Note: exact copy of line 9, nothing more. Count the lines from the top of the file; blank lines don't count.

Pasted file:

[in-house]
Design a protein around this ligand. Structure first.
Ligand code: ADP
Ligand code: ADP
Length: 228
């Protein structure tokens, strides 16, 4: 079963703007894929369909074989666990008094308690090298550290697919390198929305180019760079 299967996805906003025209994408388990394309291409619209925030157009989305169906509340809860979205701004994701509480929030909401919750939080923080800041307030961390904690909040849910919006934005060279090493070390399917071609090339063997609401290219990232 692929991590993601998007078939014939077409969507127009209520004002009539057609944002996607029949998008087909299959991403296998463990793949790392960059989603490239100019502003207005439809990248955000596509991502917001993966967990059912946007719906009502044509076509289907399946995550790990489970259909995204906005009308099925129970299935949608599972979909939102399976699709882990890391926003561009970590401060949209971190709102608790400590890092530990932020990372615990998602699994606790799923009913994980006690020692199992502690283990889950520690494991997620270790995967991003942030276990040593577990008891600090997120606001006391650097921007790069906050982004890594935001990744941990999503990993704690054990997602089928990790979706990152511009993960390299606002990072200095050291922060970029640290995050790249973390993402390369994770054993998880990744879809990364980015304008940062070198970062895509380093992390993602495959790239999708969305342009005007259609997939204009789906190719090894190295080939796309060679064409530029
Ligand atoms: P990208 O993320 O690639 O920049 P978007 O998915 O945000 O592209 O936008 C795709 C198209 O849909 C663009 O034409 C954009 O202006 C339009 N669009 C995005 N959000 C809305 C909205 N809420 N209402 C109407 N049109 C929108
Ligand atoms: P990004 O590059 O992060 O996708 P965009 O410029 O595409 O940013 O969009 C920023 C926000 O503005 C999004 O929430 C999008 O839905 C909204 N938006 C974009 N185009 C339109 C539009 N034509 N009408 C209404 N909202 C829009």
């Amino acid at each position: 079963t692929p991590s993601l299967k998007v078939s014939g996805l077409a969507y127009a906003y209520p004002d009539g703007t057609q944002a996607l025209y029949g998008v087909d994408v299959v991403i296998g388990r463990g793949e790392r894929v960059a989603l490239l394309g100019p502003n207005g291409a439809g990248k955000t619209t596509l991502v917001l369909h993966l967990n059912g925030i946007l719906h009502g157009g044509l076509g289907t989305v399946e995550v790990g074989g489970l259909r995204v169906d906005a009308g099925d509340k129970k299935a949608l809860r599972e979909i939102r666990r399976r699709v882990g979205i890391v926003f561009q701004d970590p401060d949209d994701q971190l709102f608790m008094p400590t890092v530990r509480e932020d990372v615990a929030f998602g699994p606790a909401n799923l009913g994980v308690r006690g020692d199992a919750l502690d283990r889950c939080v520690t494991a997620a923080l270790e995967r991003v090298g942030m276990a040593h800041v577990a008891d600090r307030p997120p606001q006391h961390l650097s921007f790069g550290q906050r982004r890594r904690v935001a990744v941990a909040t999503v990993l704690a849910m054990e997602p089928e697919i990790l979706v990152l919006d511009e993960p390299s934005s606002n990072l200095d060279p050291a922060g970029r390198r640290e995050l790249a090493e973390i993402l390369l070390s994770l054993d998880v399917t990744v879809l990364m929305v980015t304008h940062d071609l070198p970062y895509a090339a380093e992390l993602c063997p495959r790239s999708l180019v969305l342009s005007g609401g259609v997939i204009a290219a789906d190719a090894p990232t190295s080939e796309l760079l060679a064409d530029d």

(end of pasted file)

């Amino acid at each position: 079963t692929p991590s993601l299967k998007v078939s014939g996805l077409a969507y127009a906003y209520p004002d009539g703007t057609q944002a996607l025209y029949g998008v087909d994408v299959v991403i296998g388990r463990g793949e790392r894929v960059a989603l490239l394309g100019p502003n207005g291409a439809g990248k955000t619209t596509l991502v917001l369909h993966l967990n059912g925030i946007l719906h009502g157009g044509l076509g289907t989305v399946e995550v790990g074989g489970l259909r995204v169906d906005a009308g099925d509340k129970k299935a949608l809860r599972e979909i939102r666990r399976r699709v882990g979205i890391v926003f561009q701004d970590p401060d949209d994701q971190l709102f608790m008094p400590t890092v530990r509480e932020d990372v615990a929030f998602g699994p606790a909401n799923l009913g994980v308690r006690g020692d199992a919750l502690d283990r889950c939080v520690t494991a997620a923080l270790e995967r991003v090298g942030m276990a040593h800041v577990a008891d600090r307030p997120p606001q006391h961390l650097s921007f790069g550290q906050r982004r890594r904690v935001a990744v941990a909040t999503v990993l704690a849910m054990e997602p089928e697919i990790l979706v990152l919006d511009e993960p390299s934005s606002n990072l200095d060279p050291a922060g970029r390198r640290e995050l790249a090493e973390i993402l390369l070390s994770l054993d998880v399917t990744v879809l990364m929305v980015t304008h940062d071609l070198p970062y895509a090339a380093e992390l993602c063997p495959r790239s999708l180019v969305l342009s005007g609401g259609v997939i204009a290219a789906d190719a090894p990232t190295s080939e796309l760079l060679a064409d530029d």